“She’ll be married by now,” Natasha said.  “ A last minute secret wedding.”  She shrugged.  “It happens sometimes when there’s a child on the way.  The couple rush into making things official so the baby’s not classed as illegitimately conceived.” 

“But – but I thought – “

“I’m sorry you weren’t notified,” Natasha said.  “You’ve had a wasted trip.” 

Malcolm looked suddenly, coldly furious.  He didn’t speak again.  Within seconds he’d swung the car around and it sped out of the gates.  He was gone in moments, as if he’d never been there at all.  Natasha rolled the papers up, hiding them inside her jacket sleeve. 

Once back in her room, Natasha hid them under the bedside cabinet.  They might come in useful, she thought.  Cassie must’ve retained her passport, and maybe still had valid credit cards on her.  If I could get hold of those, Natasha decided, I might get away.  I might be able to locate a people trafficker who could smuggle me abroad to Italy or Greece where women were still legally full citizens.  For the first time in many months hope entered Natasha’s heart.  I’ve got the chance of a future, she thought.  I’ve just got to grab it.  As for Cassie – well, Natasha thought, life was a battle and with battles came casualties.  Sadly Cassandra Smith would have to be one of them.


White Sky by Jocelyn Kaye

The January gloom threatens to smother Sue’s house beneath its weight. I stand at the window; clutching an empty mug which has ‘World’s Best Husband’ emblazoned on the side. I can’t help but be transfixed by the white sky above. So thick and low I feel as if I could reach out and grab large fistfuls of the stuff and squeeze it until it oozes out between my knuckles like dough.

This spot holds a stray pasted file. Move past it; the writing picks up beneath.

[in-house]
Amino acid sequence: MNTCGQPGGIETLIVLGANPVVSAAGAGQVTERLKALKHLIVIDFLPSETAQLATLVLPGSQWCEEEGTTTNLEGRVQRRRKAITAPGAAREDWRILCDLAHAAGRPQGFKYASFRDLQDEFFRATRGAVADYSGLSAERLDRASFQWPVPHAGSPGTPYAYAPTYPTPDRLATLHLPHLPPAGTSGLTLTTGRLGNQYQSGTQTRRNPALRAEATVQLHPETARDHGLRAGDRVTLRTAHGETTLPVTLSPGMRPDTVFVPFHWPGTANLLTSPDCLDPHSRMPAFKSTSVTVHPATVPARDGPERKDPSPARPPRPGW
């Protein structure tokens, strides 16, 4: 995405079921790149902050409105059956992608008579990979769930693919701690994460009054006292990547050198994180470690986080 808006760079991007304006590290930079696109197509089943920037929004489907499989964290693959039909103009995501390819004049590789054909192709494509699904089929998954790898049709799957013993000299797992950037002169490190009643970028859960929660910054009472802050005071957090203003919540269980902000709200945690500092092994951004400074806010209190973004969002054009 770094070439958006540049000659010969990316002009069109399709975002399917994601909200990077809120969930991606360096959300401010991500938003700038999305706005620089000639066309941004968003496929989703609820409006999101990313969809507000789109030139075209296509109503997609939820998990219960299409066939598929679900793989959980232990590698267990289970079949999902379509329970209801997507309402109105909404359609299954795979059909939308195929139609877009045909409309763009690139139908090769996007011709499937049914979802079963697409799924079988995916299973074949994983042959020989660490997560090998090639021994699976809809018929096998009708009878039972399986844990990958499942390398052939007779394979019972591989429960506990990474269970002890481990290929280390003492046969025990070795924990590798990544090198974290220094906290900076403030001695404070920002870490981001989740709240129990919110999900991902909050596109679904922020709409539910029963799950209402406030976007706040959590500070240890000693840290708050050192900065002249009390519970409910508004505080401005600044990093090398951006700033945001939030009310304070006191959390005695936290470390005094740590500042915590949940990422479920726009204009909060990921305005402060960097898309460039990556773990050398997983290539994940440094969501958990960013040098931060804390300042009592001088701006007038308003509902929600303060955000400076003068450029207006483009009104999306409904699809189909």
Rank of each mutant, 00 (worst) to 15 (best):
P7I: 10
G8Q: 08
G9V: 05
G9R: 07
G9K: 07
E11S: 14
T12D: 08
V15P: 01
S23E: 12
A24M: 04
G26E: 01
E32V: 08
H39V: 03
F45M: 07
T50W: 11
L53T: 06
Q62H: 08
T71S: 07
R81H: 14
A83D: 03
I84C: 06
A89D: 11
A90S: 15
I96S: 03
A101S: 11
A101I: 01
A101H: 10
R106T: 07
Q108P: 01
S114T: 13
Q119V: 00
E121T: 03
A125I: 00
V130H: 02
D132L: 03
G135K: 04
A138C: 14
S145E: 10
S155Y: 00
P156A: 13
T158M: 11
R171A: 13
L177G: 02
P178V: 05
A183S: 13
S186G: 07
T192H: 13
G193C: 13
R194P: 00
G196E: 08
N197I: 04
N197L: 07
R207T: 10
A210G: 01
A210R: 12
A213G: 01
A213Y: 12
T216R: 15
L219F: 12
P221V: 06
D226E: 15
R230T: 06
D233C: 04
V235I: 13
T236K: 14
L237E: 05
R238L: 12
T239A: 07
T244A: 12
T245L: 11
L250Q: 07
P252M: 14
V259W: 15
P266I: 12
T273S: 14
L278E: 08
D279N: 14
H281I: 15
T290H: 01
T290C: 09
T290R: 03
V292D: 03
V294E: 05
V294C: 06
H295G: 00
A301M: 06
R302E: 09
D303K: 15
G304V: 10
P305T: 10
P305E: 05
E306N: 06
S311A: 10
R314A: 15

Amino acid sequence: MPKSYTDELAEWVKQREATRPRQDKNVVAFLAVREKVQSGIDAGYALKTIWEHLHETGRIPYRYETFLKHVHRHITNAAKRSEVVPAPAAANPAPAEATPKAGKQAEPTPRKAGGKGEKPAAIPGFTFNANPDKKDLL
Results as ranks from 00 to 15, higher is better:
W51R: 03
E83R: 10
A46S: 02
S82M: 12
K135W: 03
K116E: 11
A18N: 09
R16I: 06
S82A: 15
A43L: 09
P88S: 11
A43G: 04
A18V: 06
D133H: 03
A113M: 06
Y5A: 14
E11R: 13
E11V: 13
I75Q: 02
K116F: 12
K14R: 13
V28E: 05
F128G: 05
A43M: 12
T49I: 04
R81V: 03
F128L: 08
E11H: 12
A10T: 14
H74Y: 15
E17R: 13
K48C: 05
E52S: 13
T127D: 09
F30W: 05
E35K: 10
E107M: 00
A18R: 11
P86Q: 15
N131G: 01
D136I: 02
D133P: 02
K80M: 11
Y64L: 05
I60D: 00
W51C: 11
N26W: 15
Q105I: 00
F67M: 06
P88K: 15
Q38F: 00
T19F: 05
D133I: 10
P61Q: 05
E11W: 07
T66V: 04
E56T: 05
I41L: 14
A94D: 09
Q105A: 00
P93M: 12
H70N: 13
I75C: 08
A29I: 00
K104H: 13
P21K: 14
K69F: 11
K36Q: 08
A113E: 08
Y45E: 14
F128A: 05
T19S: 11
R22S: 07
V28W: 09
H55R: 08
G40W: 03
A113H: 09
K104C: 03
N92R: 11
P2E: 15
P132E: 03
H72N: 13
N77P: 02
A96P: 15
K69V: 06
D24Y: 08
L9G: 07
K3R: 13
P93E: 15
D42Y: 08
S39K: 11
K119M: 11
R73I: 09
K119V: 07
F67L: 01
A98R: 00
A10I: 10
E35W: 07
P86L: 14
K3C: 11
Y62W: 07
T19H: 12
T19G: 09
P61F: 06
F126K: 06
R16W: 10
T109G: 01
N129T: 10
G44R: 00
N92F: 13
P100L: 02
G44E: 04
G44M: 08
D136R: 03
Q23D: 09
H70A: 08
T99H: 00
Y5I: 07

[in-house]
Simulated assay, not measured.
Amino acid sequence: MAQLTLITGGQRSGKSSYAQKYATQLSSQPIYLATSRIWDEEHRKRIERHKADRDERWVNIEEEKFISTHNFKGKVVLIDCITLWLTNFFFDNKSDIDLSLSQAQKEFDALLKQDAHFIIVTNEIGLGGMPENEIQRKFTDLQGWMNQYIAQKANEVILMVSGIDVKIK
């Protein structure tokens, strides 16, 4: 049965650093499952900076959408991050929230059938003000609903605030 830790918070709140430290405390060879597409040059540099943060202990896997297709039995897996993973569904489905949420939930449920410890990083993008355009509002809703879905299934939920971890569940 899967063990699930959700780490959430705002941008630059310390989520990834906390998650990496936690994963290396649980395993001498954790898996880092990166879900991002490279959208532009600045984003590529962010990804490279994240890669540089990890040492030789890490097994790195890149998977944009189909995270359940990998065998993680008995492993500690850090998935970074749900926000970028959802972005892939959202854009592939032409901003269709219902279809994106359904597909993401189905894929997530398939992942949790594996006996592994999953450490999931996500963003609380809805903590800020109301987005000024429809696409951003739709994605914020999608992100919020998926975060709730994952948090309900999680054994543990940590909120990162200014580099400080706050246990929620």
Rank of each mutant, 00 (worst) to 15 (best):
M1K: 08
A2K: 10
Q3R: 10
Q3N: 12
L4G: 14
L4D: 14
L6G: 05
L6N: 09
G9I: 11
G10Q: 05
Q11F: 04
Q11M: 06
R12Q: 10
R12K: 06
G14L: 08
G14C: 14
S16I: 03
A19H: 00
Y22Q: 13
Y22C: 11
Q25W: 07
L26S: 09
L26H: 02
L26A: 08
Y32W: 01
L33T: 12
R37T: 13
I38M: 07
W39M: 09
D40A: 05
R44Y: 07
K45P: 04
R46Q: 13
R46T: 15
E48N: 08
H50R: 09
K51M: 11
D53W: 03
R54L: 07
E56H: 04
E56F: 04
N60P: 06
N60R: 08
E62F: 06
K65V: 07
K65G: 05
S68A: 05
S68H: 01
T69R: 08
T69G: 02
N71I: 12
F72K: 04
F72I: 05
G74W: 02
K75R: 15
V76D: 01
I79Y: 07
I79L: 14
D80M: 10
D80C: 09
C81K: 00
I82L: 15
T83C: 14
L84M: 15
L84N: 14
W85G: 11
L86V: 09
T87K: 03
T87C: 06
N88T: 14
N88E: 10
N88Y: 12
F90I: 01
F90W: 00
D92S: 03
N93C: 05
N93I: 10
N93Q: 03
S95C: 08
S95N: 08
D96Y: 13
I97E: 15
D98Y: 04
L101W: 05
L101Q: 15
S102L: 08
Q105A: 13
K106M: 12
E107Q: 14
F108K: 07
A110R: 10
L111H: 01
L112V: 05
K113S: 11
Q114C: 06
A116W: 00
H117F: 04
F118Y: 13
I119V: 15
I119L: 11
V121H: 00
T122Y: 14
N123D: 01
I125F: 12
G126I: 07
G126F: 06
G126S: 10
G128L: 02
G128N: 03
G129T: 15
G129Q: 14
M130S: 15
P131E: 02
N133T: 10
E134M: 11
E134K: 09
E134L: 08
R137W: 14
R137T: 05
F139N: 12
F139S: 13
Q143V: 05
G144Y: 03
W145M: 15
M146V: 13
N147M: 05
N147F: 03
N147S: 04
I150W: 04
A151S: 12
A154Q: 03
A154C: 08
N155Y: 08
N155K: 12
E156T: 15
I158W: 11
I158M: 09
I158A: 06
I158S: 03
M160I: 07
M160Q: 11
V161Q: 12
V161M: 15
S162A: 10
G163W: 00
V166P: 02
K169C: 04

My cousin was a student in England once and he had warned me about the famous English rain – how it was not the quenching, life-giving African rain we know about but a mean drab drizzle.

            ‘And the cold, Jabril!’ he’d exclaimed. ‘Days there are as cold as night. So cold, in fact it hurts to breathe in too deeply!’ But he hadn’t told me about the sky.

            The sky had been white the day I’d arrived in England for the first time, although that day it was finger-marked with dirty grey clouds. The raindrops on the windows of Sue’s car looked black when seen against the sky. I’d trodden in a puddle as I got into the car and the water seeped through my Converse and wet the bottom of my foot. I didn’t mention this to Sue though. I’d ignored the creeping discomfort and tried to concentrate on Sue’s excited chatter about how happy she was that I was finally here and about the new life we would have together.

            ‘We’ll have barbeques in the summer. You can do that fish thing you like,’ Sue had said whilst giving me the grand tour of my new home and garden. I couldn’t help but laugh at the tiny round contraption that stood there, rusting and forlorn.

            ‘This little thing would not feed a mosquito!’ I said, half amused, half perplexed as I turned the flimsy, built-in skewers.

            Now as I look through the window at the square lawn with dark tufts of mushed up grass and piebald patches of mud, I just cannot imagine ever feeling warm enough to eat outdoors here. Brave little white flowers have forced their way up in the borders and stand defiantly in the cold. Snowdrops, Sue told me. I haven’t seen snow yet, so I cannot say if it suits them. A lone robin hops about amongst them, beak tapping and scratching at the hard ground to try and find a meal. Giving up, it flutters quickly away. For some reason, I feel bereft.